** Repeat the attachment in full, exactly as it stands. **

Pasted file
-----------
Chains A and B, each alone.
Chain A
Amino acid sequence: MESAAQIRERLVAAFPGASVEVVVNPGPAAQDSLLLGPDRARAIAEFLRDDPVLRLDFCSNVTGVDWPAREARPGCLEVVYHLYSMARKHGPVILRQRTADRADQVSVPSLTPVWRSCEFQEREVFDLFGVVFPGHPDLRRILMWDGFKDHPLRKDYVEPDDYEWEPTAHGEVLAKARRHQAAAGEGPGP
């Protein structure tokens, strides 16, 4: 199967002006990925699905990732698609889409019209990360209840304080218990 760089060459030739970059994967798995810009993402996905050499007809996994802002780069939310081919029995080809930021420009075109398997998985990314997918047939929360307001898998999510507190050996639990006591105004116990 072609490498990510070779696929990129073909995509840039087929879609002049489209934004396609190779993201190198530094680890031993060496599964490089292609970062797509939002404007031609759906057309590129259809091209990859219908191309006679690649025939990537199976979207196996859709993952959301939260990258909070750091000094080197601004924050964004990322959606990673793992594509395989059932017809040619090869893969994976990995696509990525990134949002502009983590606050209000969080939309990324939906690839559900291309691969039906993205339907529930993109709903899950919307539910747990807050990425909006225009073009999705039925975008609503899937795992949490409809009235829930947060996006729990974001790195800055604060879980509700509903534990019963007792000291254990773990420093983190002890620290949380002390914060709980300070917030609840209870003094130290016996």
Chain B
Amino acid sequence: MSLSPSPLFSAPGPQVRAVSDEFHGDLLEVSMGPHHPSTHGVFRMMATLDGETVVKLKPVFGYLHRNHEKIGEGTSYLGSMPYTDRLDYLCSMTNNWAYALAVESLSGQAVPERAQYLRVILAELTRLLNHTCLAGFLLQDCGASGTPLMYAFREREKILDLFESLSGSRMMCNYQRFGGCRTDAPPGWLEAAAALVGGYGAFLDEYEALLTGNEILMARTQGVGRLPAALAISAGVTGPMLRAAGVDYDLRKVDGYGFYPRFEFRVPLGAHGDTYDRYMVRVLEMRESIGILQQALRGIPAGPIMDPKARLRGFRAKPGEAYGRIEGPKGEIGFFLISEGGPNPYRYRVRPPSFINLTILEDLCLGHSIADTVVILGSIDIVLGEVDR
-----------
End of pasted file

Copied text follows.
Chains A and B, each alone.
Chain A
Amino acid sequence: MESAAQIRERLVAAFPGASVEVVVNPGPAAQDSLLLGPDRARAIAEFLRDDPVLRLDFCSNVTGVDWPAREARPGCLEVVYHLYSMARKHGPVILRQRTADRADQVSVPSLTPVWRSCEFQEREVFDLFGVVFPGHPDLRRILMWDGFKDHPLRKDYVEPDDYEWEPTAHGEVLAKARRHQAAAGEGPGP
């Protein structure tokens, strides 16, 4: 199967002006990925699905990732698609889409019209990360209840304080218990 760089060459030739970059994967798995810009993402996905050499007809996994802002780069939310081919029995080809930021420009075109398997998985990314997918047939929360307001898998999510507190050996639990006591105004116990 072609490498990510070779696929990129073909995509840039087929879609002049489209934004396609190779993201190198530094680890031993060496599964490089292609970062797509939002404007031609759906057309590129259809091209990859219908191309006679690649025939990537199976979207196996859709993952959301939260990258909070750091000094080197601004924050964004990322959606990673793992594509395989059932017809040619090869893969994976990995696509990525990134949002502009983590606050209000969080939309990324939906690839559900291309691969039906993205339907529930993109709903899950919307539910747990807050990425909006225009073009999705039925975008609503899937795992949490409809009235829930947060996006729990974001790195800055604060879980509700509903534990019963007792000291254990773990420093983190002890620290949380002390914060709980300070917030609840209870003094130290016996």
Chain B
Amino acid sequence: MSLSPSPLFSAPGPQVRAVSDEFHGDLLEVSMGPHHPSTHGVFRMMATLDGETVVKLKPVFGYLHRNHEKIGEGTSYLGSMPYTDRLDYLCSMTNNWAYALAVESLSGQAVPERAQYLRVILAELTRLLNHTCLAGFLLQDCGASGTPLMYAFREREKILDLFESLSGSRMMCNYQRFGGCRTDAPPGWLEAAAALVGGYGAFLDEYEALLTGNEILMARTQGVGRLPAALAISAGVTGPMLRAAGVDYDLRKVDGYGFYPRFEFRVPLGAHGDTYDRYMVRVLEMRESIGILQQALRGIPAGPIMDPKARLRGFRAKPGEAYGRIEGPKGEIGFFLISEGGPNPYRYRVRPPSFINLTILEDLCLGHSIADTVVILGSIDIVLGEVDR